Friday, July 29, 2005

Liyuan Opera: "Mr. Dong And Miss Lee"

I was very excited when I got home today and saw a parcel left on my table. Just days ago I've placed an internet order for this Liyuan Opera DVD called "Dong Sheng Yu Li Shi" (translated as "Mr. Dong and Miss Lee" on the cover) and to my suprise it arrived very fast.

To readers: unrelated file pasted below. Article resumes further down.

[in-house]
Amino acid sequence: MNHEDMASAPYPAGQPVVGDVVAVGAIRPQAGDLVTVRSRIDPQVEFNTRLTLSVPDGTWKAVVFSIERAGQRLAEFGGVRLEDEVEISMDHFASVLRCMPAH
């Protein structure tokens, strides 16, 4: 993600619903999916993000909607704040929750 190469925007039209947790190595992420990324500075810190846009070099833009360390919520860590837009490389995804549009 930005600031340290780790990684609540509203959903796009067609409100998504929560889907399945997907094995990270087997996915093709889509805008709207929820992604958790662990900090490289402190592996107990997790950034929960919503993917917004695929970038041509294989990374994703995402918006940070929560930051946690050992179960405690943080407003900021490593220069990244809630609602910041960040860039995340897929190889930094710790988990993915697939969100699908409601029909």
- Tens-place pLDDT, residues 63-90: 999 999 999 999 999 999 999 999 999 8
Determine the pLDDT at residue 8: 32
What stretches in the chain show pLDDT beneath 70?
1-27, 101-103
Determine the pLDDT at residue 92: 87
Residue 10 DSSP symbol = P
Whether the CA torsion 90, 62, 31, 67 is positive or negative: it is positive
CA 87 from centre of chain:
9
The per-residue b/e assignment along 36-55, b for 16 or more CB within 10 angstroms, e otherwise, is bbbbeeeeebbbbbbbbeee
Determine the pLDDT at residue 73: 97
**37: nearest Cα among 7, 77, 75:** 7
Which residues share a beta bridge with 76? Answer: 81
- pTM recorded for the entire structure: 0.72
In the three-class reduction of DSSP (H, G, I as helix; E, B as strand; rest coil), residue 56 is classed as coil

Liyuan opera of Fujian province is one of China's oldest form of Chinese opera, alongside with Puxian opera (also from Fujian province) and Kun opera (more popular in the north). Liyuan opera is well-known for having a set of unique body movements and hand gestures, as well as relatively well-preserved scripts dated from as far as Song dynasty. Quanzhou City Liyuan Opera Troupe, the troupe which performed this show in the DVD, is the only professional troupe performing this genre of opera left in China. This show is actually one of their old shows, but had given it a facelift last year and had been given rather good critics for it. Although I have seen Liyuan Opera shows before and liked them alot, this DVD is nothing like the previous shows I've watched. First, the scenograpghy is simply breathtaking. Designed and conceptualised by Xiamen's up and coming Huang Yongying, the stage looked simple and elegant. The lighting was vibrant and nicely done, giving the stage a very poetic and ancient feel. Not forgetting the new costumes and hair accessories made for this show, which gives the show a modern touch. Visual sensations aside, the story is equally captivating. This show is about a young and beautiful Miss Lee who became a widow after her old and fraile husband, Squire Peng, passed away. Before his death, Squire Peng asked his neighbour, middle-aged schoolteacher Mr. Dong, to spy on his wife for any signs of adultery and report to him at his grave once a month. As time went by, Mr. Dong and Miss Lee somehow got attracted to each other, and after much hesitation, they finally decided to be together, and admit their love for each other at Squire Peng's grave. The entire show is filled with wittiness, making it more fun to watch. From Mr. Dong being scolded as being a "ass following dog" to Miss Lee pretending to be engaged in sweet-talks with an imaginery "suitor" when she found out that Mr. Dong was eavesdoping by the wall, and to the climax of the show whereby Mr. Dong finally gathered all his might to scold back at Squire Peng's ghost at his grave, making Squire Peng's ghost retreat back to his grave crying and resign to fate that his wife was going to remarry. Although I had been a fan of Liyuan Opera, I never imagine that it could be so interesting and full of humour!